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Guatemalan women uplift the impoverished

The women behind Potter’s House Association, Andrea Marroquin and Gladys Guitz, impacted students both in classrooms and during chapel by sharing their stories of transformation from the garbage dump community of Guatemala.

Former Walton scholar and 2012 graduate from the University, Marroquin, has been working for the association for a year and a half alongside Guitz, who has for the past 29 years.

Their association has many facets, from community development to vacation bible school, but Guiz said it simply started from doing a favor.

“We need people with an open mind, when you start news things you need to be flexible, we didn’t know exactly what we wanted to do, maybe we still don’t and God is still defining that,” Guitz said.

Potter’s House Association’s vision is, “That every beneficiary child and youth, through their personal relationship with God, will reach the maturity they need to pursue their own holistic development and will contribute in the fight against poverty by influencing their family, community and nation,” according to pottershouse.org.gt

The women made this clear as they shared personal stories and the poem; Christ has no Body, by St. Teresa of Avila, which stressed the importance of serving God.

Belinda Henriquez, senior from Honduras, had to opportunity to spend time in Guatemala this summer with the Guatemala Water Project trip, and enjoyed hearing from Guiz and Marroquin.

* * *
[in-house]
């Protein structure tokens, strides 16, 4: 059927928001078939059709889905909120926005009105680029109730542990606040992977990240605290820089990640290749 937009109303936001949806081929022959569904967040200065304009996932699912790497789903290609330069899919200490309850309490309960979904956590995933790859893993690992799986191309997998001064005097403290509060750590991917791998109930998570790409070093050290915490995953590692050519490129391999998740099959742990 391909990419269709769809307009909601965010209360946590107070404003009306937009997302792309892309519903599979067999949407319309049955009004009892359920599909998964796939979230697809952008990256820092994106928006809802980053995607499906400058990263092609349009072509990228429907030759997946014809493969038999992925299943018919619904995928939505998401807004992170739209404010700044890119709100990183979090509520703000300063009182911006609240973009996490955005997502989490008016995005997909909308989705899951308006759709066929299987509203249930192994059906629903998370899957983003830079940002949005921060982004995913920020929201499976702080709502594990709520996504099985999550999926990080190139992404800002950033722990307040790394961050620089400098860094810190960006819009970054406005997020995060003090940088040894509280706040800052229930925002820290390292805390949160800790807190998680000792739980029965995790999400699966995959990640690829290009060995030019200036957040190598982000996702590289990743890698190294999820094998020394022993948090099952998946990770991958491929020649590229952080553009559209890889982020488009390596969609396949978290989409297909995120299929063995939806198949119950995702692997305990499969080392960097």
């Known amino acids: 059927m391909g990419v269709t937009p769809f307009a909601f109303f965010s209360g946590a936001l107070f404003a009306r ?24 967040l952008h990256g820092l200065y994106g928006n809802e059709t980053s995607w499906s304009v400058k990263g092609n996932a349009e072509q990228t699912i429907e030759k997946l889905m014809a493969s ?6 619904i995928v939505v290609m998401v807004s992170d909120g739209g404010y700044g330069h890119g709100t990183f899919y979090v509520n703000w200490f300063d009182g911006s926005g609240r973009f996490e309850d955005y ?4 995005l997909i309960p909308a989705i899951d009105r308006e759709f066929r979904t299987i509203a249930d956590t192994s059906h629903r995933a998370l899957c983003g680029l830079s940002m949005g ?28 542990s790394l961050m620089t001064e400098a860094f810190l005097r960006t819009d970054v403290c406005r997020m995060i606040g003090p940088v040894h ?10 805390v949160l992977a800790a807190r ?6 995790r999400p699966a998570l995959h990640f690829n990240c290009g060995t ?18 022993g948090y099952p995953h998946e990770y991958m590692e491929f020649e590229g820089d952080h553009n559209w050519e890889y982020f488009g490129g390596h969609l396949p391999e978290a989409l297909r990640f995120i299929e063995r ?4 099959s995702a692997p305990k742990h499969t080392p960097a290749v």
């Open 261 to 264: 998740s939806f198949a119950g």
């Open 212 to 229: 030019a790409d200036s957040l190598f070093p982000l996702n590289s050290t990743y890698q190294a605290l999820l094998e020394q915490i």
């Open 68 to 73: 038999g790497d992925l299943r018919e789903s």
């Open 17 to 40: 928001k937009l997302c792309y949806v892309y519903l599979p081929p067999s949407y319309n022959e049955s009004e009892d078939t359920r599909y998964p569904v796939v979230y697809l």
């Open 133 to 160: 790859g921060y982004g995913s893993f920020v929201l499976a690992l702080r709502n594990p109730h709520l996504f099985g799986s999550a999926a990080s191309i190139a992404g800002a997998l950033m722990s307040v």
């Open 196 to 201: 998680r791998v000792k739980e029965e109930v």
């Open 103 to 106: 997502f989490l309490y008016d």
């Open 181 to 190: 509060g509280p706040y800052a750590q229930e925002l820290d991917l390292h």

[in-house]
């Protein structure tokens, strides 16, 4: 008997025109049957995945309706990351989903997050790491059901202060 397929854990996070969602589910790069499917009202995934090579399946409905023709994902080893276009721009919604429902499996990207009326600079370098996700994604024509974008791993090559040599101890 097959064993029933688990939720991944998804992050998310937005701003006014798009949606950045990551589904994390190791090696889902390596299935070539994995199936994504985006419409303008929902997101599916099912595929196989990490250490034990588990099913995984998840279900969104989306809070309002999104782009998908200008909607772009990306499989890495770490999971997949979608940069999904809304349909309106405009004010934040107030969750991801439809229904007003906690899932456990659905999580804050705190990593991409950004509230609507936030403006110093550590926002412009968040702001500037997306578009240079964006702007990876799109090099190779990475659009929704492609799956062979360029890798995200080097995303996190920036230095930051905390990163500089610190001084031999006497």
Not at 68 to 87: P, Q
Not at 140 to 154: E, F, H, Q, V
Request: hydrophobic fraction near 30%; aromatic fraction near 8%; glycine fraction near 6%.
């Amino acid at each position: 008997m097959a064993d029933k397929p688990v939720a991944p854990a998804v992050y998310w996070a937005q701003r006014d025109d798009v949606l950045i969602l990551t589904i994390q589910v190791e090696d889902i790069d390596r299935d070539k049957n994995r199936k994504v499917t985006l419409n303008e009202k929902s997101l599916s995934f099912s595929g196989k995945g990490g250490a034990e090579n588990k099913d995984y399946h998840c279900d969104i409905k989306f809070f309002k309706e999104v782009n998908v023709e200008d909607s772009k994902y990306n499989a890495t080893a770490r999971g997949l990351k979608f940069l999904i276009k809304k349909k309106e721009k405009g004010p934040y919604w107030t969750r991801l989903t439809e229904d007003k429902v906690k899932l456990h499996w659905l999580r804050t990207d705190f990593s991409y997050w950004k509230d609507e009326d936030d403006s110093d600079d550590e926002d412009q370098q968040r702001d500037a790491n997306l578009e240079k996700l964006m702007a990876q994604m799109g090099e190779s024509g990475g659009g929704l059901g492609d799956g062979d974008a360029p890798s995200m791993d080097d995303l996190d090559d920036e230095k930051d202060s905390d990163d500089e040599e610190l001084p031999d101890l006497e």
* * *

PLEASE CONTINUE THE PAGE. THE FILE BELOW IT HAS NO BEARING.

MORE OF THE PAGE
She observed the importance of family during her time in and around the garbage dump community.

“Family integration, or “La familia” as we would say it in Spanish, is crucial for sharing the gospel around the community,” Henriquez said.

She said that she noticed people’s need for perspective to know how to help.

“As a community, we have to understand that people are not the problem, they are the solution! Besides being called from God to serve our neighbors, serving others in need is a way to encourage them and give them power to see beyond their present conditions and limitations,” she said.

Henriquez thought Marroquin did a great job emphasizing how valuable people are in their community, and how unique talents and gifts are crucial for development.

“Potters House in Guatemala is making a huge impact on the lives of the children and family. It is encouraging to see the lives being transformed by the program,” Henriquez said.